Freehold, N.J.: She was 14 and an incoming freshman at a yeshiva high school in New Jersey. He was 45, a married rabbi with three children, and the principal of the yeshiva at the shore. He was also one of the most prominent Orthodox Jewish youth leaders in America.
Yet once a week, the rabbi would call the 14-year-old student at home, proclaiming his love and promising she would be his wife someday.
At school he would summon the teenager to his office, where he would grope her private parts while she sat powerless and disgusted.
Freehold, N.J.: Were the Venetian blinds open or closed? After nearly three weeks of court testimony, the question about the level of privacy in a yeshiva high school principal's office was at the crux of the defense's case in the trial here of Rabbi Baruch Lanner, the disgraced former national Orthodox youth group leader.
It is no secret that Rabbi Matt Tropp's job as director of the largest region in the country of the National Conference of Synagogue Youth (NCSY) was on the line following allegations of teen abuse by Rabbi Baruch Lanner two years ago. Not only had Rabbi Tropp long called Rabbi Lanner his rebbe and mentor, but he was considered his "hatchet man," according to several former NCSY members.
New York City area clergy are in danger of burning out as they try to keep up with the unprecedented demand for spiritual counsel from hundreds of thousands of residents traumatized from Sept. 11.
And the mental health of both clergy and 9-11 survivors is expected to worsen in the coming months from the continued stress and delayed emotional reactions.
Freehold, N.J.: Marcie Lenk's first response on hearing of the guilty verdict last Thursday in the trial of her former mentor, Rabbi Baruch Lanner, on child sexual abuse charges was a sense of relief.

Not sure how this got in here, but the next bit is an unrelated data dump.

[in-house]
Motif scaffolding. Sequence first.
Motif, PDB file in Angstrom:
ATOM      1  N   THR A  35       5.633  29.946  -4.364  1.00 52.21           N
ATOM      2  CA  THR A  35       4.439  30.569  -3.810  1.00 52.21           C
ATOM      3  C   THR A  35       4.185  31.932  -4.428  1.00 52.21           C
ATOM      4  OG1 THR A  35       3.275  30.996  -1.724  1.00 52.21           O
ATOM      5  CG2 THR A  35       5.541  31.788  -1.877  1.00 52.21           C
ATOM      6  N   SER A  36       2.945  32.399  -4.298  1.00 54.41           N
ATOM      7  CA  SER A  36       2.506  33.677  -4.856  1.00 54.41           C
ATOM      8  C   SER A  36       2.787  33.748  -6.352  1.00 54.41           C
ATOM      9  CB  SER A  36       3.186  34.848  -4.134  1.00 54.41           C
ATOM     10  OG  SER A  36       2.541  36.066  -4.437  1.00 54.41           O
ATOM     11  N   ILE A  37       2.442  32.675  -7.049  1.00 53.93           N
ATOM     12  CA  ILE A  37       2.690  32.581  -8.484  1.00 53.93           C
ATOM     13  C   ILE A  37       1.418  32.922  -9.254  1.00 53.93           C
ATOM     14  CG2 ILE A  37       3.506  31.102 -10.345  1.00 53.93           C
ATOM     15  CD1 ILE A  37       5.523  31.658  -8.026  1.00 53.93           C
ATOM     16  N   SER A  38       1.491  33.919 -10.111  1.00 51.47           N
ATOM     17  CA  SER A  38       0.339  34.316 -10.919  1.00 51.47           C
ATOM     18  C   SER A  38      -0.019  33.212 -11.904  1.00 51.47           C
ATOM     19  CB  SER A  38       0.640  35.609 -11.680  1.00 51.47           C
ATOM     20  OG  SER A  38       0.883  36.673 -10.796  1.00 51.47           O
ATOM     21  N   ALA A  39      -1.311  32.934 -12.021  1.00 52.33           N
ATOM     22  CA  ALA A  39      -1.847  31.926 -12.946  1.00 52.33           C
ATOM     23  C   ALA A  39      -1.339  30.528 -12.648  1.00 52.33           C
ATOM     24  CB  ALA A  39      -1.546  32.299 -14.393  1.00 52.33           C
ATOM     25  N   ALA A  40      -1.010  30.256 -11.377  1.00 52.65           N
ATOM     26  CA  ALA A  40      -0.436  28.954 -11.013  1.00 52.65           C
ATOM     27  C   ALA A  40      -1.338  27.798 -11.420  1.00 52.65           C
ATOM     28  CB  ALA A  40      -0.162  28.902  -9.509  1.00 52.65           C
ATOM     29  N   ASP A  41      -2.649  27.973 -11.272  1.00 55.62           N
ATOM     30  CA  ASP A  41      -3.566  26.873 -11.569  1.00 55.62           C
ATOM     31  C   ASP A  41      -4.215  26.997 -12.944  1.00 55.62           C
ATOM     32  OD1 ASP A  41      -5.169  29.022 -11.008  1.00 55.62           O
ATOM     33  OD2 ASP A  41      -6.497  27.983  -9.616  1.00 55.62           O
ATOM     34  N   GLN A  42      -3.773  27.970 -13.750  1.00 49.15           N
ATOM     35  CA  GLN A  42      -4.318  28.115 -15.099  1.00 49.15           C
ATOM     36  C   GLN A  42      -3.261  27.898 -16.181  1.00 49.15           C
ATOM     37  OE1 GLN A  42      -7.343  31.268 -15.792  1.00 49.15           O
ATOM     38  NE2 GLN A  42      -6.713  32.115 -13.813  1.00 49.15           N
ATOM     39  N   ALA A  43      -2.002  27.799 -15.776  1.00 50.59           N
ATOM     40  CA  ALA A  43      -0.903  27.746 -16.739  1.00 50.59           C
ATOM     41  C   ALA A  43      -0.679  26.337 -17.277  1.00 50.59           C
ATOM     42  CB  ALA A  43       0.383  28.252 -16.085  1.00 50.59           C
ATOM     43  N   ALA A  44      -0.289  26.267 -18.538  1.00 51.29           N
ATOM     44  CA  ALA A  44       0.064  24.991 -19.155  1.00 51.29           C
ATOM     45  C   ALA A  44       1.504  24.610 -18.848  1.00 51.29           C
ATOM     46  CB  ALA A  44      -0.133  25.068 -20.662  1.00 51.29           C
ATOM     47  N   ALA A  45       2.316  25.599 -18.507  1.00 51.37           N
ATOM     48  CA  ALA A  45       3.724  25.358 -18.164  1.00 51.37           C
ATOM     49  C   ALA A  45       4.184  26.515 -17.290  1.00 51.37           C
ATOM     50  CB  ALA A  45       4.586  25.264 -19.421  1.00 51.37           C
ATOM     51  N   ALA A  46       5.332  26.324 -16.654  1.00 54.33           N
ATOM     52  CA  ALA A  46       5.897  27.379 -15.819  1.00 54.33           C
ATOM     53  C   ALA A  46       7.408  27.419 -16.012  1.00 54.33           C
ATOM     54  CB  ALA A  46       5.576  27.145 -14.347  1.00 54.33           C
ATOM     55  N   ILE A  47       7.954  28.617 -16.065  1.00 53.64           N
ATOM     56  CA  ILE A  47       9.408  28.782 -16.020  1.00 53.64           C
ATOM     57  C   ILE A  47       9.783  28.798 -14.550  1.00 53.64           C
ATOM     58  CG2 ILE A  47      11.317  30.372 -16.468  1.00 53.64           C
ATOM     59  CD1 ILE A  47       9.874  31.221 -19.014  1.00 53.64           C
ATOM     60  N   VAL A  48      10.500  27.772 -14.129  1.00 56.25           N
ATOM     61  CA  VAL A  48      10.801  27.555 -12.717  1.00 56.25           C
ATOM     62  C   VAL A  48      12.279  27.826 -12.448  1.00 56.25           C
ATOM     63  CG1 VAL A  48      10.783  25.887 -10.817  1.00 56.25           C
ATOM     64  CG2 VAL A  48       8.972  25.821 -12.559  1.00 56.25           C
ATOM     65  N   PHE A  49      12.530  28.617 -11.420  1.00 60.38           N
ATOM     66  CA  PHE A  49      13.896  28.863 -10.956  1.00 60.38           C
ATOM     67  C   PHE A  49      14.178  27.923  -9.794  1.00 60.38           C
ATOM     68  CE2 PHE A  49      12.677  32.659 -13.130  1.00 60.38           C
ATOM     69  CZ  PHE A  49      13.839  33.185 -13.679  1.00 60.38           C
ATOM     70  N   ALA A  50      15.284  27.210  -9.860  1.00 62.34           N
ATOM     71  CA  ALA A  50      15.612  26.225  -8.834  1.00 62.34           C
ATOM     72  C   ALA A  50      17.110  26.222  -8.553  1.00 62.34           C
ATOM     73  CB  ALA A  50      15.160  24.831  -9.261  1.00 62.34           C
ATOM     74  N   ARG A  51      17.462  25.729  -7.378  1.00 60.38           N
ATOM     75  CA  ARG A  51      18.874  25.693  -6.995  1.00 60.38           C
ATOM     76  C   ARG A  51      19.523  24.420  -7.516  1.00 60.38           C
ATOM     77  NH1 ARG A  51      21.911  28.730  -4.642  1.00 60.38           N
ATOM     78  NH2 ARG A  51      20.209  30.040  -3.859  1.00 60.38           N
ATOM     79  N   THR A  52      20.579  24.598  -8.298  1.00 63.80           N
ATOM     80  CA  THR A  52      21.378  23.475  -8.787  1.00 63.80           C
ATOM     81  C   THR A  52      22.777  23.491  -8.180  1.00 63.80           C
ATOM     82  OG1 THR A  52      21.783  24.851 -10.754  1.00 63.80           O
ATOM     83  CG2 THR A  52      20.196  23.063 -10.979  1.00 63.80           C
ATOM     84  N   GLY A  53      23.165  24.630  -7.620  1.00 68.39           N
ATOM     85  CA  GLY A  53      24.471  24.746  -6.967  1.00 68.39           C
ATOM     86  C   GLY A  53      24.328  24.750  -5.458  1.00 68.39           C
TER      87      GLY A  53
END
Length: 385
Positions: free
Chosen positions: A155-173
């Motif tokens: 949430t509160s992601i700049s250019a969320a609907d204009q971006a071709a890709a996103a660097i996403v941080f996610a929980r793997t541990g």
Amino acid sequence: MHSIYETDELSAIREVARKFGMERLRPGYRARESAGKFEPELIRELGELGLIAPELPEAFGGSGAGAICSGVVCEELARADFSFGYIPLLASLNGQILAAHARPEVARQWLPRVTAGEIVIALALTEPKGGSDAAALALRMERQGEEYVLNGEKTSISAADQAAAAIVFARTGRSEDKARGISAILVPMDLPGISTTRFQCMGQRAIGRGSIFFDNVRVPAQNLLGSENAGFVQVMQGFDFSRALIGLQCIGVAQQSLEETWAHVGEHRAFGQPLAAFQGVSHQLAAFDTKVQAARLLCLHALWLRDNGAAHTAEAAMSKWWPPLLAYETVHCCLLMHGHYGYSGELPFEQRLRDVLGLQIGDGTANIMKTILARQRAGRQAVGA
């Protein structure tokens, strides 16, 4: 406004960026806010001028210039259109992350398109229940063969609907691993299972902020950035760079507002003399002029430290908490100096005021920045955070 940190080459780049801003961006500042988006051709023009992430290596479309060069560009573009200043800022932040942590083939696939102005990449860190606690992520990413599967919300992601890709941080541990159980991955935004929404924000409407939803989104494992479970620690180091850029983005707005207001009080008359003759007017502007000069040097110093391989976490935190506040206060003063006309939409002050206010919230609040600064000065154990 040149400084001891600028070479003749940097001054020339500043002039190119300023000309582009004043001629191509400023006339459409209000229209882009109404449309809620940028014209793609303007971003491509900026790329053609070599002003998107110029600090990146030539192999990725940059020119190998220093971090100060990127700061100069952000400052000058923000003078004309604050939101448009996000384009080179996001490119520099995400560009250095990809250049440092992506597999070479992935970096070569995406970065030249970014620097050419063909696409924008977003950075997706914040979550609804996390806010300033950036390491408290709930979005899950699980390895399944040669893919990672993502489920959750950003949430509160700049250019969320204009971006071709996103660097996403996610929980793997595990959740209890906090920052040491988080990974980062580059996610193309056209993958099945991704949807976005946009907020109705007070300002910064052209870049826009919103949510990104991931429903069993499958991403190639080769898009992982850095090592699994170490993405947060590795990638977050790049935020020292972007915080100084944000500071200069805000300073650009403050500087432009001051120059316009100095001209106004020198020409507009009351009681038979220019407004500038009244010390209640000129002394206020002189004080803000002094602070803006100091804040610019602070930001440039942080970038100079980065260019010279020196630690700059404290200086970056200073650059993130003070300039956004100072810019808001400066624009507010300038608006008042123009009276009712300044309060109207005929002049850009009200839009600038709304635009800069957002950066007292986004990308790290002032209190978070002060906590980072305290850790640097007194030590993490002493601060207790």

Lenk, a 36-year-old Ph.D. candidate in religion at Harvard University, has been part of an informal network of former National Conference of Synagogue Youth members who have been struggling for many years to convince Orthodox authorities to prevent the 52-year-old Rabbi Lanner from having any contact with children.
They still don't get it. That's what some critics are saying this week about the Orthodox Union's official "it's not us" reaction to the sex abuse conviction of its former national youth leader, Rabbi Baruch Lanner.
The rabbi, 52, a longtime senior official at the OU's National Conference of Synagogue Youth, was convicted last Thursday on six counts of sexual abuse of two teenage girls in the mid-1990s. The girls were students at the New Jersey yeshiva high school Rabbi Lanner served as principal, as well as members of the NCSY Etz Chaim chapter he led for many years.
The FBI is ignoring its own guidelines on terrorism in the July 4 El Al shootings, possibly undermining America's war against Islamic extremists, several experts told The Jewish Week.
The counterterrorism experts, both American and Israeli, say they are baffled by the FBI's continuing refusal to label as terrorism the Independence Day attack at the El Al counter at Los Angeles International Airport by an Egyptian gunmen that killed a female El Al ticket agent, an Israeli diamond broker, and wounded three others.
How does the State of Israel figure into the crisis for the soul of Islam?
These questions are raised, and more importantly answered, in an important double edition of Bill Moyers' critically acclaimed "NOW" weekly news show airing July 12 on PBS.
Charging that the FBI is being compromised by political concerns, activist Rabbi Avi Weiss is seeking a meeting with U.S. Attorney General John Ashcroft to discuss why the July 4 shootings at Los Angeles International Airport have not been classified a terrorist incident: in apparent neglect of the Justice Department's own guidelines.
Uri Tannenbaum hasn't seen or talked to his father in nearly two years.
Last week, he tried to get a message to his dad the only way he can: through the media.
"Dad, you must know you're with us. We love you. We miss you," Uri said, not knowing for sure whether Elchanan Tannenbaum will ever hear his words: or if he's even still alive.